Let’s examine the leadership of two entirely different transportation companies: Southwest Airlines and Uber.
They are from two different eras, each achieving remarkable success with two contrasting leadership styles. What can we learn about the role values play in business results?
Leadership plays out over time, and younger Uber has many hurdles yet to validate their approach to leadership – however, insights can be valuable.
Sustained organizational success is one of the strongest measures of good leadership. The test of time is a relentless critic. Any of us can look brilliant in one good move, however, a sustainable organization over time is much harder.
In his book, Built to Last, leadership guru Jim Collins made this observation: Rarely do companies survive longer than people. What he described as highly visionary companies “had both endurance, with an average age of nearly 100 years, and sustained performance”.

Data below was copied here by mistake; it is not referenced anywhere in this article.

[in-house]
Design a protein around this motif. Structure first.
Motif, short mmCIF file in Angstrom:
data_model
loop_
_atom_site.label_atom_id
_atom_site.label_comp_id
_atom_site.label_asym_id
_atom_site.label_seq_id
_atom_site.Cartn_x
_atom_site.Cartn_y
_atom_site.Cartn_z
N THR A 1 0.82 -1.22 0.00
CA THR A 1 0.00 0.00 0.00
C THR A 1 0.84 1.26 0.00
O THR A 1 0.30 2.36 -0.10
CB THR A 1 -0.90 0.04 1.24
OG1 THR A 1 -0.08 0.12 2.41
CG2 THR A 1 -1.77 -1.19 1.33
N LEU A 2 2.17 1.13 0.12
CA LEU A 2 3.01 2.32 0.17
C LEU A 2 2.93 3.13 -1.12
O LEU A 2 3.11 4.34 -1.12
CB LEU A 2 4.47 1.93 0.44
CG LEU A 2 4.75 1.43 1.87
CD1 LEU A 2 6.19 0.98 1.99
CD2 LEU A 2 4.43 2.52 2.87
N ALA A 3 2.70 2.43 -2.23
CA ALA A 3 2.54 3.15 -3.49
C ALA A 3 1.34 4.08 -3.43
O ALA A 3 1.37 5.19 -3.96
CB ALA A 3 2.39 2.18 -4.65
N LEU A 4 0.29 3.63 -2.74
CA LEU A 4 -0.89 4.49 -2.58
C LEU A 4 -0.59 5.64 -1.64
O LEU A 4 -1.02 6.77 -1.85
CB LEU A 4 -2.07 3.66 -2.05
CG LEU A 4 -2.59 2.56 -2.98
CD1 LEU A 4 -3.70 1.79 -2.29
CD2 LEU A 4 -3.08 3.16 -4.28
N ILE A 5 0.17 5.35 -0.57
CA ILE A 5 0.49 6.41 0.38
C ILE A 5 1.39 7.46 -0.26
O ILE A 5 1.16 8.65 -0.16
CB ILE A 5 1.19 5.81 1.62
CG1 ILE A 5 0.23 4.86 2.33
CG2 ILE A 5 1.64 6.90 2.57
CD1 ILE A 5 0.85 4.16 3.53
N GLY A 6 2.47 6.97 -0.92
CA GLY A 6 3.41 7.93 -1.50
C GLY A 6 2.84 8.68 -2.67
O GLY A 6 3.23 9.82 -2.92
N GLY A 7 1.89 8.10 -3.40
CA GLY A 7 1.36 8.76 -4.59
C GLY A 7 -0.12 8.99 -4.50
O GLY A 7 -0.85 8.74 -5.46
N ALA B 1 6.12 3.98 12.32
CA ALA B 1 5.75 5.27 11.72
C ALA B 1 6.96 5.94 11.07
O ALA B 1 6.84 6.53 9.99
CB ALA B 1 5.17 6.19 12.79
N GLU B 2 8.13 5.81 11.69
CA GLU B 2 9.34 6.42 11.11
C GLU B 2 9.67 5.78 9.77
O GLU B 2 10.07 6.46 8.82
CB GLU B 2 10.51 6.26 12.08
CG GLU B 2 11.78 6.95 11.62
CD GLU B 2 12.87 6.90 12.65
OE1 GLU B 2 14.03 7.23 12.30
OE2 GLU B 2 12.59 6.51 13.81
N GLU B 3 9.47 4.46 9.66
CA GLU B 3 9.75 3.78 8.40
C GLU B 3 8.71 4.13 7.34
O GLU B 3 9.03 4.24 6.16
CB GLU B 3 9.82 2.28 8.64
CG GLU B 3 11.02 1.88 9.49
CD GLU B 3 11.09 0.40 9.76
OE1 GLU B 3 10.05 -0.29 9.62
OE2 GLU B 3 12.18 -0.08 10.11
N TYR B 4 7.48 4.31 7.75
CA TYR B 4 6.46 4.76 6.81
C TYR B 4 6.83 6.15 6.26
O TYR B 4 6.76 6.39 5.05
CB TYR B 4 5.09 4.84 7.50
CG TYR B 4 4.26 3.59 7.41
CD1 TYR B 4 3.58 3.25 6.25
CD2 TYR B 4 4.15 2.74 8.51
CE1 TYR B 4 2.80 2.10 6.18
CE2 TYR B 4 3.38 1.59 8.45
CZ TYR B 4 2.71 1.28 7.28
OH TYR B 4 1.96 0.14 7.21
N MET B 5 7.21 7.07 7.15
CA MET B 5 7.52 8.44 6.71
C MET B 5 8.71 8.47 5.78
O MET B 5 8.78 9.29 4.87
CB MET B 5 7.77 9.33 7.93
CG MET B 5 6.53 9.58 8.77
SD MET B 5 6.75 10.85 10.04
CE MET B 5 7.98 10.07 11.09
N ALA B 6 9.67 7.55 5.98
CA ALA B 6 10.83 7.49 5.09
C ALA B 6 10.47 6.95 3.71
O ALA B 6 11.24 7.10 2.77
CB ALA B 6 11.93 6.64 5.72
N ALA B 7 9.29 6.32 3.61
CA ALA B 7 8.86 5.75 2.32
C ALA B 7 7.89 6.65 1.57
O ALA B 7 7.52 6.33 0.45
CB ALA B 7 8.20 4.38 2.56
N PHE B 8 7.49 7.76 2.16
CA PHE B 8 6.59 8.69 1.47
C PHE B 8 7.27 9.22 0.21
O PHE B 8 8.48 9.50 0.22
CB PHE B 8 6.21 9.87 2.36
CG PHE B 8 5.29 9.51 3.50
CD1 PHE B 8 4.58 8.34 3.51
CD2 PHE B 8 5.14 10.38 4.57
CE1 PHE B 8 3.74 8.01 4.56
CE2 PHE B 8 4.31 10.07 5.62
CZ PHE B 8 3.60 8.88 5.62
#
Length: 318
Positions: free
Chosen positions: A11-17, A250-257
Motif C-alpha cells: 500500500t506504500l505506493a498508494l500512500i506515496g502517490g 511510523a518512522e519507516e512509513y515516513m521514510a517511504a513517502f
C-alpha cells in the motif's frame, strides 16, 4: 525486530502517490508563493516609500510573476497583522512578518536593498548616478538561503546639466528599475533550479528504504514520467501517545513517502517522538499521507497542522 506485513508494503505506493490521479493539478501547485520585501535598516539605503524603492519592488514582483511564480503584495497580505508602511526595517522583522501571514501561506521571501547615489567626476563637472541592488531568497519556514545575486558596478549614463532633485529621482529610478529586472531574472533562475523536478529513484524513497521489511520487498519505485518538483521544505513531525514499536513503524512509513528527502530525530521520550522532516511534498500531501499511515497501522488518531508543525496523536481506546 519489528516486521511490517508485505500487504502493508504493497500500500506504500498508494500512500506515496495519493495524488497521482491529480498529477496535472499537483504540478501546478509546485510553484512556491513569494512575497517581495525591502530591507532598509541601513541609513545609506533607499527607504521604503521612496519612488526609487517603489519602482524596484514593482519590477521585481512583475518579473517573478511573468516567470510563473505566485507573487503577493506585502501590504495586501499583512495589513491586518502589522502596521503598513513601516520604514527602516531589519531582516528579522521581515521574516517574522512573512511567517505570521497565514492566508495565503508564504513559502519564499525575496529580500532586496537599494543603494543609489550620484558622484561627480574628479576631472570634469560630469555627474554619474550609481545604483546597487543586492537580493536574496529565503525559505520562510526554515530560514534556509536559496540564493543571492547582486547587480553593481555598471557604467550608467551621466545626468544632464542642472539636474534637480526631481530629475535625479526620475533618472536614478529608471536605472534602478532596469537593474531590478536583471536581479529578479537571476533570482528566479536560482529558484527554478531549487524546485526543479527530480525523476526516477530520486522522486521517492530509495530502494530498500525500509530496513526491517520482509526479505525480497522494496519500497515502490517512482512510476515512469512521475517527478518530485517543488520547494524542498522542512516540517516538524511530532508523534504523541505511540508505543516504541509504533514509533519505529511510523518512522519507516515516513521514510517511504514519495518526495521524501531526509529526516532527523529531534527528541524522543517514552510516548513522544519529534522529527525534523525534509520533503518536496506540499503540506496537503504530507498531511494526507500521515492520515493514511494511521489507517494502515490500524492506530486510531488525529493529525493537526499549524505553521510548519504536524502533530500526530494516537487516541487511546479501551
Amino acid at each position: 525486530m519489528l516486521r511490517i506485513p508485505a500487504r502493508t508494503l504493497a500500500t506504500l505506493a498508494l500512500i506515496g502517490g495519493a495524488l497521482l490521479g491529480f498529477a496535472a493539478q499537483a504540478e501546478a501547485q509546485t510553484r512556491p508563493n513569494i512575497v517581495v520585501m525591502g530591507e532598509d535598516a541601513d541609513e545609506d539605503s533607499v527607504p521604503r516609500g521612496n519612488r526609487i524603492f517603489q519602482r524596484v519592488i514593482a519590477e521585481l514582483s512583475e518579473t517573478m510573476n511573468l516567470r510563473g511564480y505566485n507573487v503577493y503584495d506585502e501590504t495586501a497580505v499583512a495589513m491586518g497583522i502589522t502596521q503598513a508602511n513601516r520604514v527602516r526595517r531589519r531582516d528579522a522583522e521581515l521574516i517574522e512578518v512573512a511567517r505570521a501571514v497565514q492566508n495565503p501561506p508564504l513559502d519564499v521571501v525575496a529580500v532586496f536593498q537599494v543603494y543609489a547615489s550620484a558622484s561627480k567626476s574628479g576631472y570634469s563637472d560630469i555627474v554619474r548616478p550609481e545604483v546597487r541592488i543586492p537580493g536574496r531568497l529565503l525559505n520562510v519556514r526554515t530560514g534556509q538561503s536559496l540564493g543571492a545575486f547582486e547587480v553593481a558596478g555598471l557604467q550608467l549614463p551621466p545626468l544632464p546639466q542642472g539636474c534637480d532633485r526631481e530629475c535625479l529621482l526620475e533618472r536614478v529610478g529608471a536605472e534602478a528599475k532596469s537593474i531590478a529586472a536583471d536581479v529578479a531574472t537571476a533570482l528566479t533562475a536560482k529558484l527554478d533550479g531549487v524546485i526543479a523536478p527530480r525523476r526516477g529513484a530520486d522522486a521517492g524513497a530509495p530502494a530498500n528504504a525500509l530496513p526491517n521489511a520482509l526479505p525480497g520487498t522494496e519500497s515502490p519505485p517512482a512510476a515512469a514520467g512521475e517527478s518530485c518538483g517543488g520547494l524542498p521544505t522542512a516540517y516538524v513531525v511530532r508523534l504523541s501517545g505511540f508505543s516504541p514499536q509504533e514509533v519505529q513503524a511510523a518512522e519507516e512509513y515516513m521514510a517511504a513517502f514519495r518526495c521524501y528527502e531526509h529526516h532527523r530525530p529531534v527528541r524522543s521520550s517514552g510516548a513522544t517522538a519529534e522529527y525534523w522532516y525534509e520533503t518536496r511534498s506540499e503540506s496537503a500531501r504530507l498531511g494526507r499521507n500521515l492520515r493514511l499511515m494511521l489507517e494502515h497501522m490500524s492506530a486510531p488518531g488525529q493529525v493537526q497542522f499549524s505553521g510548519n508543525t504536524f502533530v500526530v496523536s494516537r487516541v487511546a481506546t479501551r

By examining the values of these two visionary companies, one young and the other older with a trajectory aiming to succeed among those long-lived companies as described by Collins, we may gain some insight about leadership practices.
I recently met Southwest Airlines Senior Vice President Craig Drew in Phoenix when he spoke at the annual chamber luncheon. Southwest, a long-recognized icon of a healthy, vibrant business culture, is in sharp contrast to Uber’s current public controversy.
The most recent Uber turmoil being reflected in CEO Travis Kalanick’s decision to take a leave of absence to deal with personal family tragedy issues while questions of his leadership are fueled by the investigation by former Attorney General Eric Holder into Uber’s toxic workplace culture. In Kalanick’s absence, it is reported that Uber will be run by 14 of his direct reports excluding his right-hand man Emil Michael, who resigned from Uber last Monday. How this committee leadership model will play out may reveal further insights about the role ingrained values play in overall organization success and sustainability.